By Maz Woolley
Ricko are a Hong Kong based model maker. They launched a range of 1:87 scale models in 2004 made in plastic. The range covered modern, classic and vintage vehicles as it developed but sales were not as high as expected and no new models have been announced for many years though existing models have remained in stock at many suppliers. Some sellers have reduced the prices to clear unsold stocks in recent months.
Like Neo, which has ceased its premium priced 1:87 range in favour of a simplified and cheaper BoS range, Ricko set high quality standards in this scale. The initial prices were too high for the US 1:87 market which was flooded at the time Ricko launched with cheap diecast models from Model Power, Malibu and others. And of course the German market was already dominated by the existing 1:87 makers like Wiking, Herpa and Busch.
The author has previously described some Ricko 1:87 vehicles in the now defunct Model Auto Review magazine. This article focuses upon a few of the vintage models made by Ricko which the author had not previously covered.
August Horch, who founded the Audi car manufacturing company, won the Austria Alpine Rally with this car in June 1914. The car was dubbed ‘Alpensieger’ (Alpine Champion) after winning that rally in three consecutive years between 1912 and 1914. Later models were military versions as 1914 saw the start of the Great War.
The Audi Alpensieger was not a specialized racing car, but rather a sporty touring car. The mountain legs of the Alpine rallies called for a car with a powerful engine capable of handling rough terrain. A total of around 1,400 examples were built. An example of this vehicle can be seen on the web site of the Deutsches Museum.
The Ricko model shown has finely detailed features like the lovely headlights with inserted lenses. The brass effect finish is also very well modelled. The dashboard and footwell are moulded in some detail but are not picked out. The “wire” wheels are incredibly fine and show what can be achieved in this scale.
Rolls Royce Silver Ghost
Like the Audi pictured above the Silver Ghost appeared before the Great War and later examples were used as military vehicles. In 1906 Rolls-Royce exhibited two examples of a new car designated the 40/50 hp. The 40/50 hp was so new that the show cars were not fully finished. The first finished examples were not provided to the press for testing until March 1907.
The car was continuously developed and famously completed many reliability trials helping to make Rolls Royce’s name as quality manufacturers.
The Ricko model is delightful. with a superb spirit of ecstasy mascot and fine radiator and lights. Inside the dashboard is wood effect with instruments showing. Like the Audi very good wire wheels are included. A nice touch is the two occasional seats in the upright position in the rear. Fine rear lights and even an exhaust embellisher are featured.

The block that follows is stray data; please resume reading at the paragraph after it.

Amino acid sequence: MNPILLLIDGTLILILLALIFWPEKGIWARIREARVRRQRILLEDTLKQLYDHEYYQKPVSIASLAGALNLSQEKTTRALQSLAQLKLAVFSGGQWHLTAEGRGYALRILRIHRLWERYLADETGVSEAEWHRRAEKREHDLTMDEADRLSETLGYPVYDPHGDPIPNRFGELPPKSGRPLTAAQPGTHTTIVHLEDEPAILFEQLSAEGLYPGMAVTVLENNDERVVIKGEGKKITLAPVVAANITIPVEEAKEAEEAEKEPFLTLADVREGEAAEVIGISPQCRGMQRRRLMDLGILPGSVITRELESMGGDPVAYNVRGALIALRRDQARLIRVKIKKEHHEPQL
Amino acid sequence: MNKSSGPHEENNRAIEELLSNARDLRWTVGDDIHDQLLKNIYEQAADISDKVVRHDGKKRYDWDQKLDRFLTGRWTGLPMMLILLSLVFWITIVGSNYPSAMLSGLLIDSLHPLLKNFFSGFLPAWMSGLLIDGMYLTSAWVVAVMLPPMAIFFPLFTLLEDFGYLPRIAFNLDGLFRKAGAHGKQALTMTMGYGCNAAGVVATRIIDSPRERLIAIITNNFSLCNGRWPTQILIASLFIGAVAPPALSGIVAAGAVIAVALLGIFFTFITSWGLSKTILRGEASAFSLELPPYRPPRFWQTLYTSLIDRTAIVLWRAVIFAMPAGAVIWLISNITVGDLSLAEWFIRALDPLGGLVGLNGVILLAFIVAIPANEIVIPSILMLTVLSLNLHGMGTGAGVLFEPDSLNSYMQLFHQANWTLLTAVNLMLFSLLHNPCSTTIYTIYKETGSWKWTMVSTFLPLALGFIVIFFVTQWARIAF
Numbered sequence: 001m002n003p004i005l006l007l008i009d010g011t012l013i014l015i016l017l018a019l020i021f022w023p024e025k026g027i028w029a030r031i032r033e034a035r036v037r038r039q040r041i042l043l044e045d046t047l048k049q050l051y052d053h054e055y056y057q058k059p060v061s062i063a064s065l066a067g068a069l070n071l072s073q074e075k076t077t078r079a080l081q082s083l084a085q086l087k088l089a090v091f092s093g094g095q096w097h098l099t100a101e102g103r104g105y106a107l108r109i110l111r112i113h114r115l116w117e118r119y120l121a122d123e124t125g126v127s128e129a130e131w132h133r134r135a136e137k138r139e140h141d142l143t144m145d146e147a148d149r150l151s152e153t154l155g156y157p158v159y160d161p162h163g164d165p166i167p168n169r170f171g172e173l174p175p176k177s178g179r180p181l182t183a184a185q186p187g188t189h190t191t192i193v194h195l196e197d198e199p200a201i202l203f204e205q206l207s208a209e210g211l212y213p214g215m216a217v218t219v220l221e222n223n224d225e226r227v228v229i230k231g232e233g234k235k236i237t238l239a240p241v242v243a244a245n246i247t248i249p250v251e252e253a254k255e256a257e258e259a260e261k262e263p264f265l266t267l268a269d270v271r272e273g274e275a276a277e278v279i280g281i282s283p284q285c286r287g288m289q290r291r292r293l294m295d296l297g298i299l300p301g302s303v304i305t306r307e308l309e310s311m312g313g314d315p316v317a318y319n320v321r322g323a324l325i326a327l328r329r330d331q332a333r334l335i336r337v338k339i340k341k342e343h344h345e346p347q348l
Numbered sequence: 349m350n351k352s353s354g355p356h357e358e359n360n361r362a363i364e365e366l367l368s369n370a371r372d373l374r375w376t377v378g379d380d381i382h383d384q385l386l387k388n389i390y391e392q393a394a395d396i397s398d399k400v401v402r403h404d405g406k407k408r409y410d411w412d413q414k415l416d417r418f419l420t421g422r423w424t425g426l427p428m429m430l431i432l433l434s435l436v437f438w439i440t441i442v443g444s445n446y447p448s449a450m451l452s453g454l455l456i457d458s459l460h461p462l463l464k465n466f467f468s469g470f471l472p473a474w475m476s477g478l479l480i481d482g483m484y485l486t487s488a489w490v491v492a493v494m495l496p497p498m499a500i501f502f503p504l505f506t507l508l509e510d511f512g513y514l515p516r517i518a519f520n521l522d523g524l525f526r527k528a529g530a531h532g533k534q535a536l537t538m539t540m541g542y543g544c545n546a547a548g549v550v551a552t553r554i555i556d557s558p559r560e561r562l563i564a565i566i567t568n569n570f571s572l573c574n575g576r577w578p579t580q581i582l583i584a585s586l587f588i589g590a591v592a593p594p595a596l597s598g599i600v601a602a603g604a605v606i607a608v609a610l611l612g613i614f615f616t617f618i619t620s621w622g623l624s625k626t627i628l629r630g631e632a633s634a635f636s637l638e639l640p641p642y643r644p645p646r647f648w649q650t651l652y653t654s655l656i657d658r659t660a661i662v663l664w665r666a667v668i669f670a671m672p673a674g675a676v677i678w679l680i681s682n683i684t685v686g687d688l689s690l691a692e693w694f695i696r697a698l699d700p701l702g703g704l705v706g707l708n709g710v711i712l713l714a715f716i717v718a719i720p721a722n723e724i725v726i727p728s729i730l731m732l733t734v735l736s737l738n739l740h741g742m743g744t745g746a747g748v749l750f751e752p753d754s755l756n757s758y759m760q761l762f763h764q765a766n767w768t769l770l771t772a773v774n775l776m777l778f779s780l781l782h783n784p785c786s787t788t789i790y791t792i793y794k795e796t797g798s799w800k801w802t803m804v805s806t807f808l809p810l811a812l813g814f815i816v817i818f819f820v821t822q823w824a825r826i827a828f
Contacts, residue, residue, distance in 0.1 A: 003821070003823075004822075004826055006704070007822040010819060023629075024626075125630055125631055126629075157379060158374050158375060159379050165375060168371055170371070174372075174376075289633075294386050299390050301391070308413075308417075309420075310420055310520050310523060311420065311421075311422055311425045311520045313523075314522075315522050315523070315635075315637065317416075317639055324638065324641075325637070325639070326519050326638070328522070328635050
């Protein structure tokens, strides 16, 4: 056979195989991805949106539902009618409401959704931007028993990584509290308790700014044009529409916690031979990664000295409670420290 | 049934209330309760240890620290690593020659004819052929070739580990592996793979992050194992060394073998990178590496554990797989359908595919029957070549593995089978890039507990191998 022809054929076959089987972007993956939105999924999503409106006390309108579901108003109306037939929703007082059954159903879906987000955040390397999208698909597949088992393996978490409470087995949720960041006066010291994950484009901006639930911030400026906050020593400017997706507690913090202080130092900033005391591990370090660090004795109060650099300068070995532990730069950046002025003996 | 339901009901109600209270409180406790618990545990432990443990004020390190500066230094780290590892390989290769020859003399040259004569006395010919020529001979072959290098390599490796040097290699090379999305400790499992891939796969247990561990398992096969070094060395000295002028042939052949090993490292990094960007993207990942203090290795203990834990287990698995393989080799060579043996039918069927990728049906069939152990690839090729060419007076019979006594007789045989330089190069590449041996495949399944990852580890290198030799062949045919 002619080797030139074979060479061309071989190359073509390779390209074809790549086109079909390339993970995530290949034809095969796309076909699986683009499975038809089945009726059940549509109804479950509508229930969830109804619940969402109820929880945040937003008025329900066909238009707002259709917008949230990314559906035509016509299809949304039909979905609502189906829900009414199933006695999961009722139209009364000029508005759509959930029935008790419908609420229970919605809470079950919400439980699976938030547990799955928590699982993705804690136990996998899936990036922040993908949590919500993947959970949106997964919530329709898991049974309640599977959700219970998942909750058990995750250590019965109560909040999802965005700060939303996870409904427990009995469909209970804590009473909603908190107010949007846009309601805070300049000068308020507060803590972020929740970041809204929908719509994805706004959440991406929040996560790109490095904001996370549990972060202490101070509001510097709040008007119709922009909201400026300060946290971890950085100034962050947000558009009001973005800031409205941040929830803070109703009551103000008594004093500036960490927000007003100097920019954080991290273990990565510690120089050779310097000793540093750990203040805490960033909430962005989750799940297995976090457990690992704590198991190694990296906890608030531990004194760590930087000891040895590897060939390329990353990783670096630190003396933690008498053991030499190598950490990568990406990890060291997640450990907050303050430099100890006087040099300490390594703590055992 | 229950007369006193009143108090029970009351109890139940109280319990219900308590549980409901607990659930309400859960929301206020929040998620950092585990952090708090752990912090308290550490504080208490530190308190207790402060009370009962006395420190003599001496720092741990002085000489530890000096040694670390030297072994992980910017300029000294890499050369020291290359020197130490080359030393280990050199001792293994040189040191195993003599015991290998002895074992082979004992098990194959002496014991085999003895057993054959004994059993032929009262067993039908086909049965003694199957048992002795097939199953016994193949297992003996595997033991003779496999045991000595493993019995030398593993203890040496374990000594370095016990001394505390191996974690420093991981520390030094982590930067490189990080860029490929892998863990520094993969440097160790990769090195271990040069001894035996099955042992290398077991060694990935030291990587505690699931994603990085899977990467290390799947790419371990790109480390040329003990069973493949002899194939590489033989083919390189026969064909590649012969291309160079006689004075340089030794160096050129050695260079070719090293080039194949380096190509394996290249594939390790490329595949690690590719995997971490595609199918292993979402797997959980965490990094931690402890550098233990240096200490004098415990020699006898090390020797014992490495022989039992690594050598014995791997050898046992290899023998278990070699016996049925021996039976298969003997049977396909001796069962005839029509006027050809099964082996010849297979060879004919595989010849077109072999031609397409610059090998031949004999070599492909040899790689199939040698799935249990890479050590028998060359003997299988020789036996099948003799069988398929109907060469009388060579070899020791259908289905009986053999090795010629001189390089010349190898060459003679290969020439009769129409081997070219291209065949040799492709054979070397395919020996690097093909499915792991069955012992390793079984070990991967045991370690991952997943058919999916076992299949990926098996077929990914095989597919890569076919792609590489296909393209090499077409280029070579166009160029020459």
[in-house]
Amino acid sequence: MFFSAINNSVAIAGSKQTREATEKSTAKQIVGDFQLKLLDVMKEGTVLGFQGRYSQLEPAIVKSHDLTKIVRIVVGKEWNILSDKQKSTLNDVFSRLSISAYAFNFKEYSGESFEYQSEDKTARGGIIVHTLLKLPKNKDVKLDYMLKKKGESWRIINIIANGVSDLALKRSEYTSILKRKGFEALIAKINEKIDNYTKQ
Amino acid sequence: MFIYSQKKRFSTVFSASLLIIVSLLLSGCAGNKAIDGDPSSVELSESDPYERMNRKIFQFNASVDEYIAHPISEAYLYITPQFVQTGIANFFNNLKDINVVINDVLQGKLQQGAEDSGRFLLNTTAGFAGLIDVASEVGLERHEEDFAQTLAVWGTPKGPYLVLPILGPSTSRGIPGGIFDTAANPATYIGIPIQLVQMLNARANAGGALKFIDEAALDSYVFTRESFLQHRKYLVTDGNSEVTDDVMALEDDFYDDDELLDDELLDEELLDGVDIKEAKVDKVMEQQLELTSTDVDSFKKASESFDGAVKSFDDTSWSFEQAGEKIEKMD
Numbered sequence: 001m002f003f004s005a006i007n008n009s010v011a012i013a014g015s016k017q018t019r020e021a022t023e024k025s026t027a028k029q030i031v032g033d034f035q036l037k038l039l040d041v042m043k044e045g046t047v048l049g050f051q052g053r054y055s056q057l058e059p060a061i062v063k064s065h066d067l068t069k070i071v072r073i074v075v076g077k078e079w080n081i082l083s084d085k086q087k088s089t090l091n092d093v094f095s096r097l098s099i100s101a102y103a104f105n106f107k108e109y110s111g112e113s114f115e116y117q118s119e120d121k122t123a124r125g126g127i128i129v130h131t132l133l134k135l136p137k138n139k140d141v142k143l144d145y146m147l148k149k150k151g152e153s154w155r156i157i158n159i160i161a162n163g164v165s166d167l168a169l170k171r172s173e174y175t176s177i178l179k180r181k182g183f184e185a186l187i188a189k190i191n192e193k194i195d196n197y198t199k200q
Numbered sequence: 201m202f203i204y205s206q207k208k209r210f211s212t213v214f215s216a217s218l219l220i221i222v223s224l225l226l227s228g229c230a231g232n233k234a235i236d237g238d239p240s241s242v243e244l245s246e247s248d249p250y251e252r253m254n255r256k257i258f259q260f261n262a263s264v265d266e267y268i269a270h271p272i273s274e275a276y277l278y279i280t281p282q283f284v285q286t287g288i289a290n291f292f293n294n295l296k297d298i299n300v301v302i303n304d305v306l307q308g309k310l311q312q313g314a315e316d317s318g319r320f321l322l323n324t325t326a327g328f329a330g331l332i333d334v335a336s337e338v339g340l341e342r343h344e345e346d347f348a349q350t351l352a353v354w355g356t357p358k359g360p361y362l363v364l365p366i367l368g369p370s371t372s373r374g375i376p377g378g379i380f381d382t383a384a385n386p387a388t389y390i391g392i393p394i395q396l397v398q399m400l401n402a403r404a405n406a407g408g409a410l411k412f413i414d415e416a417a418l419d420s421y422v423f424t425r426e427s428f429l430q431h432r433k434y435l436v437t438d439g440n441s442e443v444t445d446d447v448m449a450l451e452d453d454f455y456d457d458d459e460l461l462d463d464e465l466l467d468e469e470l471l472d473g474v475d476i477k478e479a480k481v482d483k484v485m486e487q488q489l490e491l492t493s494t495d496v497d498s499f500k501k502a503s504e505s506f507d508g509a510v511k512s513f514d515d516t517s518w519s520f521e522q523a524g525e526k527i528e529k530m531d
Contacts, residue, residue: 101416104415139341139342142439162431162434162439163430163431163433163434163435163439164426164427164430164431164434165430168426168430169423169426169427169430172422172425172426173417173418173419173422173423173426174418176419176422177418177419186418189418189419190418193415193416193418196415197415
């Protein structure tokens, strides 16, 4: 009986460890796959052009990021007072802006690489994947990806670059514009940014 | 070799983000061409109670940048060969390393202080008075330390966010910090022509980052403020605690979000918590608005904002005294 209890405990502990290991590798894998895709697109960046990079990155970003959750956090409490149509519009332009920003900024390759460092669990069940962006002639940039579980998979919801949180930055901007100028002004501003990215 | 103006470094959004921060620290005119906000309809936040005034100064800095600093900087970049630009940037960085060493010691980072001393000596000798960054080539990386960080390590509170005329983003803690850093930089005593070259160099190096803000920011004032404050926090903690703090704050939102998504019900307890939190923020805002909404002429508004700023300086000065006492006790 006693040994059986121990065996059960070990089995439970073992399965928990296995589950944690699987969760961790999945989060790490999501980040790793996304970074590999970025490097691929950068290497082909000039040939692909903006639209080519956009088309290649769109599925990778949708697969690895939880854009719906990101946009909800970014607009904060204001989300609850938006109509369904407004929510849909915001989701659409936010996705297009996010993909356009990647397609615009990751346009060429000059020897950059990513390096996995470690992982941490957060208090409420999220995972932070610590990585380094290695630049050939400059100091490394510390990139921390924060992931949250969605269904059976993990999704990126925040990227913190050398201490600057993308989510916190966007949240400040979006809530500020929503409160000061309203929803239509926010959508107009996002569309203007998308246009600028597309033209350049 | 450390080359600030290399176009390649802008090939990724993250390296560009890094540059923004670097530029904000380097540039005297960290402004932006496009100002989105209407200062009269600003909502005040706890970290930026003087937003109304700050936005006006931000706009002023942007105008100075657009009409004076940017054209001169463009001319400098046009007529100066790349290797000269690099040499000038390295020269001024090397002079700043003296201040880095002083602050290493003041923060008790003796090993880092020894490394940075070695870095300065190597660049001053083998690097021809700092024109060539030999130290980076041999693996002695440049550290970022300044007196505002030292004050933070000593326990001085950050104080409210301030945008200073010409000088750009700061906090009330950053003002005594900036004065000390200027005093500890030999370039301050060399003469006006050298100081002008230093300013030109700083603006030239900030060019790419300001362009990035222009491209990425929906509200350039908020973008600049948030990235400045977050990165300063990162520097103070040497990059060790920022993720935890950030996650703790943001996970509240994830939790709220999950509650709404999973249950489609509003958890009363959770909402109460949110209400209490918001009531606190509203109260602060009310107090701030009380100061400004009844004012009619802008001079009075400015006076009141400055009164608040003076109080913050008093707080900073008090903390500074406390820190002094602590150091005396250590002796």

Lincoln Model K
This car dates from 1931 when the Model K appeared with a new chassis with a 145 in (3683 mm) wheelbase. Factory bodies included a two or four door phaeton. The 6.3 Litre engine was a derivative of the earlier L-series V8 which had been developed to produce 120 HP. The car was also bodied by contemporary coach builders and competed with the Chrysler Imperial, Rolls-Royce Phantom II, Mercedes-Benz 770, Duesenberg Model J, Packard Eight, and the Cadillac Series 355.
This is another fine model with period correct white walls and lovely fine wheels. The radiator and mascot are very fine indeed as are the lights front and back both with separate lenses. Small details abound like the chrome grab rail in the rear and the nicely modelled folded hood. The dashboard again has some neat details and the winders and door furniture have also been picked out.
Maybach Typ SW35
Maybach became part of Daimler Benz in 1960 and since then has only featured rarely in the Daimler Benz line up. Most recently as arrange of very luxurious long wheelbase vehicles sold and leased in small numbers. Maybach was founded in 1909 by Wilhelm Maybach and made high quality products and was closely associated with the Zeppelin company too.
The SW35 was built in the lead up to the Second World War being produced from 1935 to 1938 and started with a 3.5 Litre engine. It was smaller than the Maybach Zeppelin but still a car for the rich and powerful.
The Ricko model appears to be identical to a car displayed at Sinsheim Museum in pictures from 2000. Again this is a very fine model with the steel wheels and hubcaps captured perfectly. At the rear the fine rear lights on slender stalks are modelled so finely they are at real risk of being broken when handling the model. On the dashboard instruments are picked out with chrome printing. The front lights and radiator are again very detailed and the mascot is well reproduced as a tiny fine etching.
There are other vintage vehicles available in this series from a tiny BMW Dixi to an inter-war Wanderer and Mercedes Benz.
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